Sunday, February 10, 2008

A Revolutionary Revolution

In chapter two something that stood out was Paul Starr's emphasis on the importance of the British choices on the development of colonial media. Gutenberg's key inventions, the printing press and movable type are always mentioned as spurring on a revolution that would change the way information was distributed. Starr however touts other factors as to why a technology becomes influential. One is how it is utilized and the effect that the created technology has on the Public Sphere. This means that the creation of the printing press was not as revolutionary as its name suggest since the printing press did not bring about much of a change in the systematic dissemination of information. Those who did not have access to books were not all of a sudden in a world of knowledge. However hundreds of years after the "printing revolution" a new revolutionary type of revolution was sprouting. Britain's economic issues brought about the enactment of the stamp act which stir the pot of colonial emotions quickly igniting and uniting anti-British sentiment.
Colonial newspapers found themselves in a frenzy to voice there descent. As Paul Starr would put it "The Stamp act crisis led to the first inter colonial cooperation against the British as well as the first newspaper campaign against them". This is an example of what Paul Starr would call a "constitutive choice". In this instance the British needed to generate income after the French Indian war. This action of the British would have huge ramifications for American media. As a result the precedent for the utilization of media against the British was established. Soon enough other forms of media like pamphlets would seek to put British rule in its cross hair. Now media was a source that provided the foundation for Americanization. For if American newspapers created unity in anti-British sentiment it would not take long before newspapers would create unity in other issues like tradition, government, and domestic customs. These were the seeds of the american revolution as well as the seeds of Americanization.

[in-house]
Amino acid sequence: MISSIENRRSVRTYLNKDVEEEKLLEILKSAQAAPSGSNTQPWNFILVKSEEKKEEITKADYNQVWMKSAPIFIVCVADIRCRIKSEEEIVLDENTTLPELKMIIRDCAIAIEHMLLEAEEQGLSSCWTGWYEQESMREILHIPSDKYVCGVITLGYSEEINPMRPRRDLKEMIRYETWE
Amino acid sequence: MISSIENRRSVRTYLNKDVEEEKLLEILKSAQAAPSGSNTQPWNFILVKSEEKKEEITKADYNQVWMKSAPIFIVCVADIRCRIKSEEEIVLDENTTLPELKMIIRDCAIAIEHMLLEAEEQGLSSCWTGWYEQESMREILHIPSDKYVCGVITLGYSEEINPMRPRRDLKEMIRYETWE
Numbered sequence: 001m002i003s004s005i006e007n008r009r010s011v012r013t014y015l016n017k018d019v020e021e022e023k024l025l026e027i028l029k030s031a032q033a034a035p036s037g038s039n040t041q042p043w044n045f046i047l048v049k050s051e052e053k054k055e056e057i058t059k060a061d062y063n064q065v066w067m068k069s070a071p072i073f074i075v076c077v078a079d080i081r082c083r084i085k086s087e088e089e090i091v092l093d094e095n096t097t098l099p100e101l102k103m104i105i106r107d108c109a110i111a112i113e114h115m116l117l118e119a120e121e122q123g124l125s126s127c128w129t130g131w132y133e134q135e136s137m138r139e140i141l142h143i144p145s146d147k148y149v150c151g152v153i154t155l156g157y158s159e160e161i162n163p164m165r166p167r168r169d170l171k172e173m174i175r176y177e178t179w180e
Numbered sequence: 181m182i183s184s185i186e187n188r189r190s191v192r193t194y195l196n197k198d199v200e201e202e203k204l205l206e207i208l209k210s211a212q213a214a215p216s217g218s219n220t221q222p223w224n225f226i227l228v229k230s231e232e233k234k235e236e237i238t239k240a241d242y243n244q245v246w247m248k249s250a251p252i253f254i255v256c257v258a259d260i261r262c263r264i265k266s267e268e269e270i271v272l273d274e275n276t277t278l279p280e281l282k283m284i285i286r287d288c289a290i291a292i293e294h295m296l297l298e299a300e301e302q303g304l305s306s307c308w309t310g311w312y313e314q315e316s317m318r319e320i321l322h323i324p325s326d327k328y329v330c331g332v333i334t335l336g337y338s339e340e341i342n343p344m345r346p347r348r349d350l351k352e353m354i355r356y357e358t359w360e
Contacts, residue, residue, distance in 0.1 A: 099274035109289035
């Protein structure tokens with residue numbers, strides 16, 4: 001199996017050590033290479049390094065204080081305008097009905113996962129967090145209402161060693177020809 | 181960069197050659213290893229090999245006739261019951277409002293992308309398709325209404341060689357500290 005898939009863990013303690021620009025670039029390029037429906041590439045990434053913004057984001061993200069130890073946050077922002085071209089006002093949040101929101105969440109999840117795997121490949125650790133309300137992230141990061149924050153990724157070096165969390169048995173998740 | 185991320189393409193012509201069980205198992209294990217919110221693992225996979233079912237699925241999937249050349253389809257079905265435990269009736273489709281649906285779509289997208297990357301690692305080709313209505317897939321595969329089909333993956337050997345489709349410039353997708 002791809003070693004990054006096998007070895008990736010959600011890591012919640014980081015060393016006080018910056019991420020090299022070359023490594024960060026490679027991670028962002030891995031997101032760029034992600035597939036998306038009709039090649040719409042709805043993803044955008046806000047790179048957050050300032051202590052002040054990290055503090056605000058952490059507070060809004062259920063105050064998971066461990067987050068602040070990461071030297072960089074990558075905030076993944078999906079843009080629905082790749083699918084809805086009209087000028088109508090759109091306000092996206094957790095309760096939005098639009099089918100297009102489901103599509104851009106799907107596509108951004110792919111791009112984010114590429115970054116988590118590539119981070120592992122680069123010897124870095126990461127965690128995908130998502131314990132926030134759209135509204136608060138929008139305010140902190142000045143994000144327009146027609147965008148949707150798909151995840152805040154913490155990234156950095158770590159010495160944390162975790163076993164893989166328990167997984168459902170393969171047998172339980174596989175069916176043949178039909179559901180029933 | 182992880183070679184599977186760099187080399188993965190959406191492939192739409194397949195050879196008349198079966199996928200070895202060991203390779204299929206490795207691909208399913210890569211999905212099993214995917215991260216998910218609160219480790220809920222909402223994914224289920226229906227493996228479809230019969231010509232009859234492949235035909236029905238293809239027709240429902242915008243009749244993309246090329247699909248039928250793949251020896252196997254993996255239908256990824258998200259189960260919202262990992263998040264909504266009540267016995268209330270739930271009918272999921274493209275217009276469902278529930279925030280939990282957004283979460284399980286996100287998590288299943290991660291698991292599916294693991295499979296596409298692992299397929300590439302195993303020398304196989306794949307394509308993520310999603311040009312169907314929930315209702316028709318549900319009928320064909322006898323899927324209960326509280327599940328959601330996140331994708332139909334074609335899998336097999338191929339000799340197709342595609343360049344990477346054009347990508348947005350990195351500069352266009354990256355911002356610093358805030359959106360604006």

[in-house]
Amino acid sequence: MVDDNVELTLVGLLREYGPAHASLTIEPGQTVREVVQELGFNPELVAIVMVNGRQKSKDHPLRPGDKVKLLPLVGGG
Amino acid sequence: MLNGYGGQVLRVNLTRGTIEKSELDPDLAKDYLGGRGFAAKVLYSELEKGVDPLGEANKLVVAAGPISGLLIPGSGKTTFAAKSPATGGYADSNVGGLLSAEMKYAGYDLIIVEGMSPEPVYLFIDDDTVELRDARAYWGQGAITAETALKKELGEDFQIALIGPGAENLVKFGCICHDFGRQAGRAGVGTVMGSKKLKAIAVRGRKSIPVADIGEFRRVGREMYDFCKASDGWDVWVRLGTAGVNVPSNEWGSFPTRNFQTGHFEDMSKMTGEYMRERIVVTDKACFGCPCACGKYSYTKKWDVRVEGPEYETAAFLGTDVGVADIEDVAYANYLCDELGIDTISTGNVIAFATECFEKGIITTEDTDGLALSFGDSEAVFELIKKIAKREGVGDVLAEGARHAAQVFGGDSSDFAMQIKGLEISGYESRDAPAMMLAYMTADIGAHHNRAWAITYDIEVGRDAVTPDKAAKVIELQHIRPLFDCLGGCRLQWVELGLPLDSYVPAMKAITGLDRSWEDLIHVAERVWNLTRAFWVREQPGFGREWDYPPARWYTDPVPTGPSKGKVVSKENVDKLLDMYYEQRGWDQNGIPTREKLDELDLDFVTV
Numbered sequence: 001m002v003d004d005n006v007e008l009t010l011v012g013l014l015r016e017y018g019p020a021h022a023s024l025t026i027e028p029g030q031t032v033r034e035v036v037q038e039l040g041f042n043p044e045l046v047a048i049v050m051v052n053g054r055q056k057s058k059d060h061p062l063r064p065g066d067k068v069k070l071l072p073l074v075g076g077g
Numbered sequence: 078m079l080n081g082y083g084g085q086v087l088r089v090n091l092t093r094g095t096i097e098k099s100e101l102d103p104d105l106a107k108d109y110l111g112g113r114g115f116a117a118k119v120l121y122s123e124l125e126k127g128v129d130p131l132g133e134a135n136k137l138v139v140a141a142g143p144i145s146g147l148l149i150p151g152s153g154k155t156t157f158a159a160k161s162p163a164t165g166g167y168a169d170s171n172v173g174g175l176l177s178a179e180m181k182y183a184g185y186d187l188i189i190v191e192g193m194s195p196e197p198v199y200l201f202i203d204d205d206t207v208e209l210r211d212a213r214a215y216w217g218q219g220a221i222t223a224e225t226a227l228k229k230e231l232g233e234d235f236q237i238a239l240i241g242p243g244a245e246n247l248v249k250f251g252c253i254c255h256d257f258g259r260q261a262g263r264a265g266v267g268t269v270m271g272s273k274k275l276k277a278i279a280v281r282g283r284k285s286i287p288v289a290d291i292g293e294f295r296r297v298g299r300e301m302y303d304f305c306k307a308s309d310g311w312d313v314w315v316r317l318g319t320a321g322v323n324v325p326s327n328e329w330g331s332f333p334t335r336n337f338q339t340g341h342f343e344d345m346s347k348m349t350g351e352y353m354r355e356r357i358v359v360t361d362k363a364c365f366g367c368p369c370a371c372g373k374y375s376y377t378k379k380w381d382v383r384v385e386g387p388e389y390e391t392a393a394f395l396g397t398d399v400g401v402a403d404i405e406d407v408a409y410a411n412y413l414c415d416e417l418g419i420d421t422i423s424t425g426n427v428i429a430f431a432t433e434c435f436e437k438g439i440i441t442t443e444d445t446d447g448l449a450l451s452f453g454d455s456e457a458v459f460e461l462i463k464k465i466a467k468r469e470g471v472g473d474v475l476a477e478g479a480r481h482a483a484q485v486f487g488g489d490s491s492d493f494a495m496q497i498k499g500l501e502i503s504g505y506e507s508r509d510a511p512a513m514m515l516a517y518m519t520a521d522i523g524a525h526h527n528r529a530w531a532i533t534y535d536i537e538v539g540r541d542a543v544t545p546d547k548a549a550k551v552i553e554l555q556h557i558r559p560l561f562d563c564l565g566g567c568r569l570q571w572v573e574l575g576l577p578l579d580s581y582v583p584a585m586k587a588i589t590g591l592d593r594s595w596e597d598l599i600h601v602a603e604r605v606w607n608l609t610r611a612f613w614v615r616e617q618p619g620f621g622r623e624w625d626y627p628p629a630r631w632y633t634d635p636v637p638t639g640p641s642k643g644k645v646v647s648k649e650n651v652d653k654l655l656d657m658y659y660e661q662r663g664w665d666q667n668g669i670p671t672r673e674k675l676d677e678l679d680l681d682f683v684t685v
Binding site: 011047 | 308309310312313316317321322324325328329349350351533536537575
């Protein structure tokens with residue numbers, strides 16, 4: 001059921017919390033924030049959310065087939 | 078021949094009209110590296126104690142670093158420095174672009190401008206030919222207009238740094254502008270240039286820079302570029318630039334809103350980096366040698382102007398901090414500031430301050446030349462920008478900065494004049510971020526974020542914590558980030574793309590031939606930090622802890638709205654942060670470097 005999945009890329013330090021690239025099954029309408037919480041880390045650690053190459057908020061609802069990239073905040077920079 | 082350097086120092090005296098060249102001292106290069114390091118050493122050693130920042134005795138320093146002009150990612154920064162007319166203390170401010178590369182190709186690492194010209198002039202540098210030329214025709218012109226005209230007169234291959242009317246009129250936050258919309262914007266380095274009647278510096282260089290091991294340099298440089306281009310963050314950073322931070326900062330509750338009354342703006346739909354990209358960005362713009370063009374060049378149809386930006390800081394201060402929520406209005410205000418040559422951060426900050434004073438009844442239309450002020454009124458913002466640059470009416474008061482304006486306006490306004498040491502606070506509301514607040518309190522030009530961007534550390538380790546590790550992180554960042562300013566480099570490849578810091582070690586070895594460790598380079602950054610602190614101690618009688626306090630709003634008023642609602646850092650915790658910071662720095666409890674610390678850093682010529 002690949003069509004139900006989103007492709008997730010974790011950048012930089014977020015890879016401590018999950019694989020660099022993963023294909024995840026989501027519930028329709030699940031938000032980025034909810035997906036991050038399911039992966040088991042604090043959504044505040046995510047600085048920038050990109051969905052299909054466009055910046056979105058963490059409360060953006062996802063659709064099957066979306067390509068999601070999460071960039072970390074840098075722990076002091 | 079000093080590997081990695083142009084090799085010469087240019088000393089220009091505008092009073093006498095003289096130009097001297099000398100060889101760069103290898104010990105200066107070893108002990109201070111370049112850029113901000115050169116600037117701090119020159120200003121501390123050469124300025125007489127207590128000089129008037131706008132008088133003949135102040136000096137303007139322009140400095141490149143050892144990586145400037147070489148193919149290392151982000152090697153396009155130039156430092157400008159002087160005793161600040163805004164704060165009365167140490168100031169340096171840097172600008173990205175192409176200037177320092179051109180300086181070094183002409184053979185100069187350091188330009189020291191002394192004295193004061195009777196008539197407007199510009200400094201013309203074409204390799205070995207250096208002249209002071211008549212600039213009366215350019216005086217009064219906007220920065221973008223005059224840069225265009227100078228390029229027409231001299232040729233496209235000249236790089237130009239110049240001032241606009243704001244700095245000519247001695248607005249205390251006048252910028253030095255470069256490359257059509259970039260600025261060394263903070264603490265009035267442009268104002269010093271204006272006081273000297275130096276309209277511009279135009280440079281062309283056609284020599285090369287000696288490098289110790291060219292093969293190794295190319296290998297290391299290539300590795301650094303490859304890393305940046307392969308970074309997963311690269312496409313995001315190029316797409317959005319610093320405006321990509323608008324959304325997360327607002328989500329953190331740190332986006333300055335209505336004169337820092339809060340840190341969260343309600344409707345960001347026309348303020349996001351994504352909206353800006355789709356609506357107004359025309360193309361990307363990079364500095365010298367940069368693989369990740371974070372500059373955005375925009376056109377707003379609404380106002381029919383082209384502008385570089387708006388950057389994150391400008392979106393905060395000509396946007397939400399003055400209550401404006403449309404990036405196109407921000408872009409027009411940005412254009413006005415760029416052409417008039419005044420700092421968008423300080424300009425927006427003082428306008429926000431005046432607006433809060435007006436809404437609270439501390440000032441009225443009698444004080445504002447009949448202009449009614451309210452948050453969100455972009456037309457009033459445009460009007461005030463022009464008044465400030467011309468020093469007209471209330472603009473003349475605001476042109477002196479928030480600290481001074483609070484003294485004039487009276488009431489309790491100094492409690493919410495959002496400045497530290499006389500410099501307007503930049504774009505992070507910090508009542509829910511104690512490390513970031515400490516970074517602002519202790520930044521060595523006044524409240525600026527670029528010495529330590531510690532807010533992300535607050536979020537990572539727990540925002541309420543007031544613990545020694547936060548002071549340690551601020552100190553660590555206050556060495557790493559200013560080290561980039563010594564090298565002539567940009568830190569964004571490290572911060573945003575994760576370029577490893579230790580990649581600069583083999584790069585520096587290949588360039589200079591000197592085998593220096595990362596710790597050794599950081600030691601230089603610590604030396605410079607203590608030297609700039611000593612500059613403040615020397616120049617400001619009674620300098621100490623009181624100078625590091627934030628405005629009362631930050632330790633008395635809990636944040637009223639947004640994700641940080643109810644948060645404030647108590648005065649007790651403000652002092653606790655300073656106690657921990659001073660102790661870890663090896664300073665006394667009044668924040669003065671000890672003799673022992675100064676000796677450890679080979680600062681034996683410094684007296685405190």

At 11:28 PM, Blogger A. Mattson said...

A good substantial post. Try to use shorter paragraphs.

You are correct. Starr is not a technological determinist. Politics and economics create the conditions in which media systems emerge, technologies develop.

The conflict between British power and colonial interests created an inevitable struggle for control of the colonial media. The Stamp Act is a primary example of this conflict. The rebels understood the importance of freedom of the press.


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